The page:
Bluefield Daily Telegraph
It goes without saying that addressing the region’s rampant prescription drug abuse problem through tougher legislation should be a considered a priority for lawmakers returning today to Charleston and Richmond.
The statistics alone are reason enough for alarm. In West Virginia, an estimated 40,000 people are addicted to some form of controlled substances and aren’t receiving treatment. And one fifth of all pregnant women in the Mountain State have a drug issue that will impact their newborn child.
The news doesn’t get much better in Southwest Virginia where an estimated 270 Southwest Virginia residents died from drug overdoses in 2011. This is more than three times the overdose rate in the late 1990s, which marked the beginning of the prescription drug abuse epidemic in several Southwest Virginia counties like Tazewell.
According to the Virginia Department of Health, overdoses became the number one cause of death for Virginia residents aged 35 to 54 between 2004 and 2009. The health department also found that poisoning from drug overdoses was the leading cause of injury hospitalization for Virginia residents between ages 15 to 44 during the same time period.
West Virginia House Health and Human Resources Chairman Don Perdue, D-Wayne, is making a renewed plea for his fellow lawmakers to address the controlled substance problem.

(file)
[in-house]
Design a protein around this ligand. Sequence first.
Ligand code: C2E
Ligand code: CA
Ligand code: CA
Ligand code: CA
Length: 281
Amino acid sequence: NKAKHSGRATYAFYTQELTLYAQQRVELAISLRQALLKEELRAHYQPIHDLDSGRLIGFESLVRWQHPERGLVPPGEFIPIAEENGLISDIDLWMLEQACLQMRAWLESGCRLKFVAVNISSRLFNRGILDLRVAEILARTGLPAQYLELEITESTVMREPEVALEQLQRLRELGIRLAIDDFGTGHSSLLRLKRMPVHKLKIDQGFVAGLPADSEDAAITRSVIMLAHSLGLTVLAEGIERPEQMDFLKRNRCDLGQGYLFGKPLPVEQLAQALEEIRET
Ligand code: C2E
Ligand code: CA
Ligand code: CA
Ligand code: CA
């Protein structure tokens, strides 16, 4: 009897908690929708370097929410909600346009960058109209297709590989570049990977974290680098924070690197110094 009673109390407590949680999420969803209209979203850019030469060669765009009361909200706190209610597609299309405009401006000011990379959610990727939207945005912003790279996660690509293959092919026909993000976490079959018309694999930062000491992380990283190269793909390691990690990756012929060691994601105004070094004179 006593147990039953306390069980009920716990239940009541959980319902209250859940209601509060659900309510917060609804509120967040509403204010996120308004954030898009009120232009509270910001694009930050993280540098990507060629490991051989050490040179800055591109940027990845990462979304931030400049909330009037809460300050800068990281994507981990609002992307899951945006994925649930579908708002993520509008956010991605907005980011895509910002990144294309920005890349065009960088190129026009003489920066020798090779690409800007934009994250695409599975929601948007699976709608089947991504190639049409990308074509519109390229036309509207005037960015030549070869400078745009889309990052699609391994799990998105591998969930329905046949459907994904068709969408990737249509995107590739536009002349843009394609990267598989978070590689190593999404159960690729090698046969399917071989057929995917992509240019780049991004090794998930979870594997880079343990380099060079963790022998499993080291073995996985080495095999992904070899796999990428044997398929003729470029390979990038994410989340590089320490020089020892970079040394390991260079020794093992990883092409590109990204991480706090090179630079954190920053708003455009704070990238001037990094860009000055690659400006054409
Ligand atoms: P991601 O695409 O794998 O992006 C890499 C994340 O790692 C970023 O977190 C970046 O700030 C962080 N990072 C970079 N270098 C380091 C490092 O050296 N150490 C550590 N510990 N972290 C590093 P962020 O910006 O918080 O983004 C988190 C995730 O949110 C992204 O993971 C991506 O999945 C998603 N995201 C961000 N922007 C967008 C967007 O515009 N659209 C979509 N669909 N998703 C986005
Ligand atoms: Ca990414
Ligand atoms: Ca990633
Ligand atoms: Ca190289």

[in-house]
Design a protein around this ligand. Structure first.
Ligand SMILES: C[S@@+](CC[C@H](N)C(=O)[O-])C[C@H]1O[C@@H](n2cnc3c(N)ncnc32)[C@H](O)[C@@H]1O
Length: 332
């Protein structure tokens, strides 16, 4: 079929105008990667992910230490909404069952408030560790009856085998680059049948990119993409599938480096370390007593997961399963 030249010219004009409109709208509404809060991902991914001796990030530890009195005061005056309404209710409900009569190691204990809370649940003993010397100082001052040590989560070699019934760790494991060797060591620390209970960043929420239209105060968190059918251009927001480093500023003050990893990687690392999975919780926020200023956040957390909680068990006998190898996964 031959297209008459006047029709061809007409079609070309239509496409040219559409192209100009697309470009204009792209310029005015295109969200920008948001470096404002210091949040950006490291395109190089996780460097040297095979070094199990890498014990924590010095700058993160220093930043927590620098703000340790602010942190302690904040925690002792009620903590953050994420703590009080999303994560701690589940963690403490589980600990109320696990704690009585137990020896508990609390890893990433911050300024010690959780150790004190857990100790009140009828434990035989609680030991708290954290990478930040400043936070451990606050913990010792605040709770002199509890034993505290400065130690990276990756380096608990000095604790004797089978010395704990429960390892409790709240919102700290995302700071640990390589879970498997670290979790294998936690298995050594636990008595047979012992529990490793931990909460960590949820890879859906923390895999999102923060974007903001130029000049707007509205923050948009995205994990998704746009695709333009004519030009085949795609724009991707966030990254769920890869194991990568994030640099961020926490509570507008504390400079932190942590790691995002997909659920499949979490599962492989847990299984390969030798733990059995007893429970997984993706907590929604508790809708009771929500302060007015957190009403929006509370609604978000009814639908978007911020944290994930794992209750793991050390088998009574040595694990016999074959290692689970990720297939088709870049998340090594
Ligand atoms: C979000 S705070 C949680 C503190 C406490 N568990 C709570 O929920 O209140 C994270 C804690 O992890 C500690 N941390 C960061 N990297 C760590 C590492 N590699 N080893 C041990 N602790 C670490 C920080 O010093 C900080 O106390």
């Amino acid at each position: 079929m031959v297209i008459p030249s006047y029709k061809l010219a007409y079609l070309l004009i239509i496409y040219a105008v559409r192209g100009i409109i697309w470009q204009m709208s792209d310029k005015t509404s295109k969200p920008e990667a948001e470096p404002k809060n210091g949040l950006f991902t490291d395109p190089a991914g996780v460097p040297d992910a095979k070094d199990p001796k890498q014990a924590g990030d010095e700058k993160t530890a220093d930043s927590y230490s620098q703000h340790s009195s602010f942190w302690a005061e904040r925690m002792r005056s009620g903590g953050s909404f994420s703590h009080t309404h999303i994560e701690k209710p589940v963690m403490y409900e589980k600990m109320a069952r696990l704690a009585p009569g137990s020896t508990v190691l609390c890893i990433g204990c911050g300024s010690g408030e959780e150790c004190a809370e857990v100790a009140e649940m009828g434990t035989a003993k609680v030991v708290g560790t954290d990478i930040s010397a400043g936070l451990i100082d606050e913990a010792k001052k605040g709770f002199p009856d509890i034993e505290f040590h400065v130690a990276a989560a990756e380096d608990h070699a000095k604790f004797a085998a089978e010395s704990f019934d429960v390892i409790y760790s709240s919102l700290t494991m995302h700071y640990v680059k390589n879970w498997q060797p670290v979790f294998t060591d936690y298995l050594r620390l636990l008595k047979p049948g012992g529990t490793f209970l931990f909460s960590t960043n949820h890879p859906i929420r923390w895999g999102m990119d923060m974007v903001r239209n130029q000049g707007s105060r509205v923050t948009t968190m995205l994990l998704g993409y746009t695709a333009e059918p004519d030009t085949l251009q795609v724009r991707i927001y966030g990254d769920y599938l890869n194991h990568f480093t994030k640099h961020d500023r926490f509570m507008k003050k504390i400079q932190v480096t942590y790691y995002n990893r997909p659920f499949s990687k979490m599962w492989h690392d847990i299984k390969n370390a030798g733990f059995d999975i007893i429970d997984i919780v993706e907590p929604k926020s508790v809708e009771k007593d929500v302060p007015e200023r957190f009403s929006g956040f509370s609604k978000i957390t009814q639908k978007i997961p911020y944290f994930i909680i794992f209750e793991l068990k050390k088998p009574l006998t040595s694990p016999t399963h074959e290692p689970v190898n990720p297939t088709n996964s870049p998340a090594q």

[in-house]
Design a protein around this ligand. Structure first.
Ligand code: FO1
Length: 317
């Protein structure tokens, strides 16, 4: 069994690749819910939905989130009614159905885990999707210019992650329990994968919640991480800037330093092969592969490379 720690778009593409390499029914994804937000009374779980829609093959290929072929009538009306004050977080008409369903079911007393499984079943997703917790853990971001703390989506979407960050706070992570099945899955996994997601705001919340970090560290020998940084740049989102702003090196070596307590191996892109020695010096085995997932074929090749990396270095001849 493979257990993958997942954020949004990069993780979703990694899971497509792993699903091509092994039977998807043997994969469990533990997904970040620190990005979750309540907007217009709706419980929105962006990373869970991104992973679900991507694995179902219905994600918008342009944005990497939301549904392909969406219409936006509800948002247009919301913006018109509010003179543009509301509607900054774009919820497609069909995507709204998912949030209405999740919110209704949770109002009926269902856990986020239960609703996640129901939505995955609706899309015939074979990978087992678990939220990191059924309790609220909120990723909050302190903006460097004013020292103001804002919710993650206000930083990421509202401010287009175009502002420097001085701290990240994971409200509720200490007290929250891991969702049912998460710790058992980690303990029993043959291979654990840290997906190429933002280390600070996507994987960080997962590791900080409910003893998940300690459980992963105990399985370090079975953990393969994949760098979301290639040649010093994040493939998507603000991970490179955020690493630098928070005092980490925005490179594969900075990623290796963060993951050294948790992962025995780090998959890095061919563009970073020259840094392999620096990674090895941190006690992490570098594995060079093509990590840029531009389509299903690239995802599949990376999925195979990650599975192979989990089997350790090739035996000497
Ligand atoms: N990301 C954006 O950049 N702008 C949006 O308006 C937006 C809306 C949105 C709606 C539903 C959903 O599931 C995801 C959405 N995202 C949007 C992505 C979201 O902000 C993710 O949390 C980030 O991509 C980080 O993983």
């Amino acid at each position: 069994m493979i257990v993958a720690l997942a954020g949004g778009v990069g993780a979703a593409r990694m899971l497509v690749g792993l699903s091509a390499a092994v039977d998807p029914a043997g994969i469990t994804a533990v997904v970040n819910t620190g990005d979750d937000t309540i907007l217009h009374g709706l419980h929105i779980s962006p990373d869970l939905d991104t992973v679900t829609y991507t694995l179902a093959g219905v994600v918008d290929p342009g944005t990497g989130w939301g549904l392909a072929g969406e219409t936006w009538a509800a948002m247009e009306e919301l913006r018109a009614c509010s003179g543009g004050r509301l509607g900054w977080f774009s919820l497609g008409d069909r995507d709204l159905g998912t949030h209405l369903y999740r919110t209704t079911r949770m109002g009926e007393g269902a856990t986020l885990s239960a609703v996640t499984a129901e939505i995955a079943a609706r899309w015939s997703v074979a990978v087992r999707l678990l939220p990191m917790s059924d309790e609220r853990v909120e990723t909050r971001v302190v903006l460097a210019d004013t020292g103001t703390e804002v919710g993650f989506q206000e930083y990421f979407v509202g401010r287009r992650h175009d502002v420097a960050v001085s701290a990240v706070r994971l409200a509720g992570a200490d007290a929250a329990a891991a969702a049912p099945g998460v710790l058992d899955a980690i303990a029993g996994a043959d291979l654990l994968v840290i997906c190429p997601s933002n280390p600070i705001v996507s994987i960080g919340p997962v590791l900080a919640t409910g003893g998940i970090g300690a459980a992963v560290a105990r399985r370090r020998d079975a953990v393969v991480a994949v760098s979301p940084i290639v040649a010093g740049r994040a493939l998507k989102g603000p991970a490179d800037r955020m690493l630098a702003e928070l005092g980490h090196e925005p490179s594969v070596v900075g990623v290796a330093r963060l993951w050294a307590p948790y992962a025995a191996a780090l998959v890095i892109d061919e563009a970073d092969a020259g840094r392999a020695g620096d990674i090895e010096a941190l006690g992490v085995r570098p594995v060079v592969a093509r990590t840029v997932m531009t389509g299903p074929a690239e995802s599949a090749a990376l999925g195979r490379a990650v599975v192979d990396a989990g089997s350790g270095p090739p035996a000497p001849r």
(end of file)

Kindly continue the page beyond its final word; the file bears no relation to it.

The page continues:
But other topics seem to be on the mind of lawmakers, including West Virginia’s highly critical education audit and a proposal in Virginia that would raise the pay of teachers but also give school administrators more leeway in firing teachers with poor performance reviews. And that’s fine. We would expect lawmakers to address a wide array of issues during the legislative term.
However, Perdue correctly argues the new incoming Legislature can ill afford to put the drug problem on the back burner.
“We’ve got to look at programs we have in place and make sure the dollars we spend actually achieve the results we want,” Perdue told the Register-Herald in Beckley. “We’ve got to be able to do more in prevention. We’ve got to do more in treatment and we’ve got to do more in recovery. Does it necessarily mean we need more dollars? I don’t know. I know if we use what we’ve got more effectively, it will make a difference.”
We agree. And we would expect to hear a lot — and see action — from lawmakers in both West Virginia and Virginia in the coming days and weeks when it comes to fighting the prescription drug abuse epidemic. And the same goes for West Virginia Gov. Earl Ray Tomblin and Virginia Gov. Bob McDonnell.
A failure to continue the fight against this deadly scourge would be unacceptable.